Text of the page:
NBAA has narrowed its list of potential successors to president Jack Olcott to three candidates, and the announcement of who will take the organization to “another level” is expected sometime this month.
The trio was culled from a list of 100 compiled by international executive search firm Spencer Stuart, and all have been interviewed by the NBAA board of directors. “We are still working through the process,” said NBAA vice chairman Donald Baldwin, who is head of the selection committee. “That’s really all I can share at this point.”
Baldwin said the selection committee and the board interviewed a variety of candidates. “We looked at a lot of different people in and out of business aviation and the aviation industry,” he said. “I really don’t want to share at this point the backgrounds of any of our very narrow list. I think we’ve got some terrific people that we’re looking at and it’s really made our job very difficult.”
Olcott announced late last year that he would be stepping down when his employment contract expired at the end of this year. After leading NBAA for more than 11 years, the 66-year-old Olcott will join former NBAA president John Winant as president emeritus.
He told AIN at the European Business Aviation Convention and Exhibition last month that his contract runs until December 31 and he has “a consultancy of sorts” for the next two years. He said the nature of the consultancy would depend on what the new president wants to achieve.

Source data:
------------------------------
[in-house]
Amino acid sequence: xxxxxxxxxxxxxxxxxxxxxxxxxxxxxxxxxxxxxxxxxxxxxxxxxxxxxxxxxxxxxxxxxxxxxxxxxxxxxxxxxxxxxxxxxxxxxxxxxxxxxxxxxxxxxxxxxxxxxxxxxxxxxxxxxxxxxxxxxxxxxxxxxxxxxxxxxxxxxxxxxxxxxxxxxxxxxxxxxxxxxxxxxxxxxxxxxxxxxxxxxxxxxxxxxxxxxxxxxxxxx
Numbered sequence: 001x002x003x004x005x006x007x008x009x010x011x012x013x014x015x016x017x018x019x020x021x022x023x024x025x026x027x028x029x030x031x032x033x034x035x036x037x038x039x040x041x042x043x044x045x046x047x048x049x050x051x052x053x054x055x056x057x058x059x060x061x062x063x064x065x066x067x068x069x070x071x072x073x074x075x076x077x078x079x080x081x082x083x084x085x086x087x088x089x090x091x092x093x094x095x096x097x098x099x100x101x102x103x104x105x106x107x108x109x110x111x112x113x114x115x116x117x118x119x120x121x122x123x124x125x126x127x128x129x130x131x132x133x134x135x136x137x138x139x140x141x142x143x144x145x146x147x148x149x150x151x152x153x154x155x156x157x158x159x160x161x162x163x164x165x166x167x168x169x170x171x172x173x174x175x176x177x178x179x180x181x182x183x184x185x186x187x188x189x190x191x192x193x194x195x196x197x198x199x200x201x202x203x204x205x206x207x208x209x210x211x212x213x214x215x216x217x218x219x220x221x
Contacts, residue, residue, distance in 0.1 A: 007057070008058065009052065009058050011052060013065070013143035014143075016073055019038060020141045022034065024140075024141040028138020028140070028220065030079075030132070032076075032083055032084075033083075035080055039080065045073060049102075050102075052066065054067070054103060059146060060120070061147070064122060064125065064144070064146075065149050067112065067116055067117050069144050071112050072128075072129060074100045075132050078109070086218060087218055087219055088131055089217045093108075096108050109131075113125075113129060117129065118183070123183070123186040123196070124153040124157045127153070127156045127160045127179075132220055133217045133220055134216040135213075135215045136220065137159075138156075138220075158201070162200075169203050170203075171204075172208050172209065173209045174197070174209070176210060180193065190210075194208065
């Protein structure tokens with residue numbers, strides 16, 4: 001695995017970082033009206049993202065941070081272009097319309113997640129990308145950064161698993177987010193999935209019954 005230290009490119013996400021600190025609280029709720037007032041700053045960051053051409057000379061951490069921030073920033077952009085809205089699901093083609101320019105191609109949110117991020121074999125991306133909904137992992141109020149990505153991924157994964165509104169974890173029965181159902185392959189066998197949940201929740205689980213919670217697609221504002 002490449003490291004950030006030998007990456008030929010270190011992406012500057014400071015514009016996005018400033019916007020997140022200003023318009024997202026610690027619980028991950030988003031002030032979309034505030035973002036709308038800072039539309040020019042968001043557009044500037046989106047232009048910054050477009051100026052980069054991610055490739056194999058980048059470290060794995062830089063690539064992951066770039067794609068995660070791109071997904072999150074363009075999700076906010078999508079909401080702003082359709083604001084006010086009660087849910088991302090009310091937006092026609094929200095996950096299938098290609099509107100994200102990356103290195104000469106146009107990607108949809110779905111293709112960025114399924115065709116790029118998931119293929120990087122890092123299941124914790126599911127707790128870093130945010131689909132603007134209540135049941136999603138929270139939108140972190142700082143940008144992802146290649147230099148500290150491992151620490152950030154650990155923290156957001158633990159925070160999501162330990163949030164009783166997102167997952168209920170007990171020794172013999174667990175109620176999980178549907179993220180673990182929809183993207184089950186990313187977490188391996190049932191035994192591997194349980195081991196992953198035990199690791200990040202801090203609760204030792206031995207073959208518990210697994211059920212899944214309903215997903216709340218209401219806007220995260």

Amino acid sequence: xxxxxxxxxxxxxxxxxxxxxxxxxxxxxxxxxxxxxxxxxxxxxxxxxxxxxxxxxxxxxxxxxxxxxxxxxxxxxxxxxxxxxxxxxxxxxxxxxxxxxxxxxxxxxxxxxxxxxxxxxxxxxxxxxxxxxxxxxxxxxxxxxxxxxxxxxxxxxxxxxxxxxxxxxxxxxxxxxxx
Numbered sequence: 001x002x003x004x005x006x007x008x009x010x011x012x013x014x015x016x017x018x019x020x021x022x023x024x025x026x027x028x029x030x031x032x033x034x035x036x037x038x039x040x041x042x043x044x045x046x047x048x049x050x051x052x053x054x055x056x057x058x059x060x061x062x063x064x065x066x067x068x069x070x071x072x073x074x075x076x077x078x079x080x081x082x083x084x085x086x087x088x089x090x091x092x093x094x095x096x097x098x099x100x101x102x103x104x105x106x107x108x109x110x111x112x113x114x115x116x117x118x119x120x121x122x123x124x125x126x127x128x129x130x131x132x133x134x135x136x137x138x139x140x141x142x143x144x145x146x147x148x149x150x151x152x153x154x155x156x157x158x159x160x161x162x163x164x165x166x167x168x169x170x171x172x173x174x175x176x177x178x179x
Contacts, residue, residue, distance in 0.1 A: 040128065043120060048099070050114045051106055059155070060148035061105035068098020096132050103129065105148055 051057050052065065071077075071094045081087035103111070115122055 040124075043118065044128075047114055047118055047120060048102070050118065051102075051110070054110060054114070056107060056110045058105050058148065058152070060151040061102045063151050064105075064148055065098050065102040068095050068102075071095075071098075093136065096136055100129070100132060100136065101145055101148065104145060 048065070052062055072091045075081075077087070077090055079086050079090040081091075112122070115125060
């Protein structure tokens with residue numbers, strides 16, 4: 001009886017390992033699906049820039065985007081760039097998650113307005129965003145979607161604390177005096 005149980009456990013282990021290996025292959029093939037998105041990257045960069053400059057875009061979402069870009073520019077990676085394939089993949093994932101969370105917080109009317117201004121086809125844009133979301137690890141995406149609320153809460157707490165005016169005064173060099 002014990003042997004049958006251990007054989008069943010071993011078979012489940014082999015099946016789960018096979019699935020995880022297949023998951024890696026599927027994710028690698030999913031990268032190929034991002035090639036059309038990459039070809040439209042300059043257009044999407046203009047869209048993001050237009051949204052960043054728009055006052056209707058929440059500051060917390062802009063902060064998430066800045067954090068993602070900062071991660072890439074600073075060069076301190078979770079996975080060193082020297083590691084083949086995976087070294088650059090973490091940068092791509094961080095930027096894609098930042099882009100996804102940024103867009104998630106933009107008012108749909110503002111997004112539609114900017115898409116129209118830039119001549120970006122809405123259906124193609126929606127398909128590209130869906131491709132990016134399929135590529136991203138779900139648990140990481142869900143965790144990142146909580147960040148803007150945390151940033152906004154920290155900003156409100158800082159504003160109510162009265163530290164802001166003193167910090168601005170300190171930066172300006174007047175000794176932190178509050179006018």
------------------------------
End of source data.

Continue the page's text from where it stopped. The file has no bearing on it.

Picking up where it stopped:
In addition, Olcott has reactivated General Aero Co. Inc.–which he has owned for a number of years–to provide services to the business aviation community. He will operate from offices at the Morristown Municipal Airport, N.J., and will help flight departments improve their safety, security and efficiency.
Although Baldwin maintained that the board is on schedule for picking Olcott’s successor, he admitted that the actual decision is “taking more time” and being “made very difficult” because of the quality of the candidates. “Be patient with us,” he added.
Olcott has said he would have been willing to extend his term in office, but it is understood that the NBAA board wanted an individual willing to commit to a lengthy tenure at NBAA’s controls.